Compared to the closely related corals, sea jellies have a bit of a poor reputation because they can sting people and affect coastal industries. But did you know that sea jellies benefit people in many ways, including as a source of food and through their contributions to medical science?

Fisheries for sea jellies

Sea jellies have been harvested in Asia for more than 1700 years but large scale commercial harvesting of sea jellies commenced around 1970. During the late 1990s the annual global harvest peaked at almost half a million tonnes. Most sea jellies are harvested in Asia but growing demand for jellies has seen small-scale fisheries emerge in regions such as Australia, the USA, the Middle East and Europe. Approximately 17 species of sea jellies are harvested for food. In Australia, the Blue blubber (Catostylus mosaicus) has been harvested in small quantities.

Sea jellies being harvested in Thailand
Dried sea jelly (Catostylus mosaicus), northern NSW, Australia. Credit, Kylie Pitt.

After harvesting, sea jellies are preserved by semi-drying them using a combination of alum and salt. The drying process can take 20-40 days and the dried product has a rubbery texture. Dried sea jelly is prepared for eating by rinsing it in copious amounts of cold water to remove the salt and partially reconstitute it. The sea jelly is then sliced into strips, blanched in boiling water and mixed with sauces and other ingredients such as chicken or seafood and served as a cold salad. When prepared the sea jelly resembles noodles that have a little bit of a crunch. Dried sea jellies are usually available for sale in Asian supermarkets or you might find them on the menu in Asian restaurants. You might like to try the following recipe for sea jelly salad:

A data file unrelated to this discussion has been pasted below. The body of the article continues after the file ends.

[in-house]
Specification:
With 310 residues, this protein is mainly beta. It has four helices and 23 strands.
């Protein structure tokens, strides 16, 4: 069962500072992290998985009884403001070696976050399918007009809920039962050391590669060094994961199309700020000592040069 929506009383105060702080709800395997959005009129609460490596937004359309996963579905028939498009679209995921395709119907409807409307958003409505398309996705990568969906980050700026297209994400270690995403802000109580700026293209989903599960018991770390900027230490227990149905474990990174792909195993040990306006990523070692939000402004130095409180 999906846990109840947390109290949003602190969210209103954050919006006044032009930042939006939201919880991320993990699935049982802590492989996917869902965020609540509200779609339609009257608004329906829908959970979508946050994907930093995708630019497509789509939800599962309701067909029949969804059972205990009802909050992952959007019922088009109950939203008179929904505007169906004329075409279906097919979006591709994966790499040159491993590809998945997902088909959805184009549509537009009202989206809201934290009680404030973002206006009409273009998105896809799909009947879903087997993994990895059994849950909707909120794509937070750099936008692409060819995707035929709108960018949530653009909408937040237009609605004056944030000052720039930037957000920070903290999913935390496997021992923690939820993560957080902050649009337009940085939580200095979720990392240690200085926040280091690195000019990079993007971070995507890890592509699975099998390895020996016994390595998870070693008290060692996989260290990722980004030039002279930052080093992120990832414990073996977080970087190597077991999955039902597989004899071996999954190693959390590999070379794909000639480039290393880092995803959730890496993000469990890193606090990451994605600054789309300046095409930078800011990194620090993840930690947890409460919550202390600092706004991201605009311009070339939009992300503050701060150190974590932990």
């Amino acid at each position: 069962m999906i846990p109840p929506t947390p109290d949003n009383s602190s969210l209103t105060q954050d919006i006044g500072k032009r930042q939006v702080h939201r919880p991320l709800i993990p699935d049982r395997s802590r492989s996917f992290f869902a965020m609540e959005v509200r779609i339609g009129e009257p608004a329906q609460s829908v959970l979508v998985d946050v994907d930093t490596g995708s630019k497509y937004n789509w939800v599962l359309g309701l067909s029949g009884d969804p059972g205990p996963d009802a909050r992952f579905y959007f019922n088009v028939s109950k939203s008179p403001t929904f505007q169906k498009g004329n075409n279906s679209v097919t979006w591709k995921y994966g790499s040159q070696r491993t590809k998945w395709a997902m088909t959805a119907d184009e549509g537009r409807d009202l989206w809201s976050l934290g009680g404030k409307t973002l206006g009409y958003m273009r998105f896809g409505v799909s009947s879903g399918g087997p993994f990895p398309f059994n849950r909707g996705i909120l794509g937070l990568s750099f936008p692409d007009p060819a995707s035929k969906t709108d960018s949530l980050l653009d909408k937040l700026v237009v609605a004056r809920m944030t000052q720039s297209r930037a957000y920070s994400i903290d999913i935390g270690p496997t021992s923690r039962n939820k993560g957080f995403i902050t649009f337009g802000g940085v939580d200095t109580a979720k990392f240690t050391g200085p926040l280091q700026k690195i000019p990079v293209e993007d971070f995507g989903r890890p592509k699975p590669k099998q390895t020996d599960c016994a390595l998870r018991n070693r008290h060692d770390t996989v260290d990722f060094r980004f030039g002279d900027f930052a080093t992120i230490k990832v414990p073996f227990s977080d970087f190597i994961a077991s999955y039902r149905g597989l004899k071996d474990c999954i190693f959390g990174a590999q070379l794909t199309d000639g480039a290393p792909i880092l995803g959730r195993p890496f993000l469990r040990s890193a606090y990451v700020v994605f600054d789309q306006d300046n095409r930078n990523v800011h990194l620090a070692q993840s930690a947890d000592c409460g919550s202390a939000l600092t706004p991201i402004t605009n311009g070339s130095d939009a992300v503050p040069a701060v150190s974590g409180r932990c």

Recipe for sea jelly salad

Sea jelly salad

  • 1 packet of dried sea jelly
  • 3 tablespoons of sesame oil
  • 2 teaspoons of soy sauce
  • 2 teaspoons of rice vinegar
  • 1 teaspoon of white sugar
  • ¼ teaspoon of chili oil
  • 1 teaspoon grated fresh ginger
  • 2 tablespoons sesame seeds, toasted
  • 2 tablespoons of coriander, chopped
  • 2 tablespoons green onion, thinly sliced

Rinse the dried sea jelly under copious amounts of freshwater to remove salt and slice into thin strips. Blanch the shredded sea jelly in boiling water and allow to cool. Whisk sesame oil, soy sauce, vinegar, sugar, chili oil and ginger together and mix through the shredded sea jelly. Stir in the coriander and spring onions and sprinkle with toasted sesame seeds.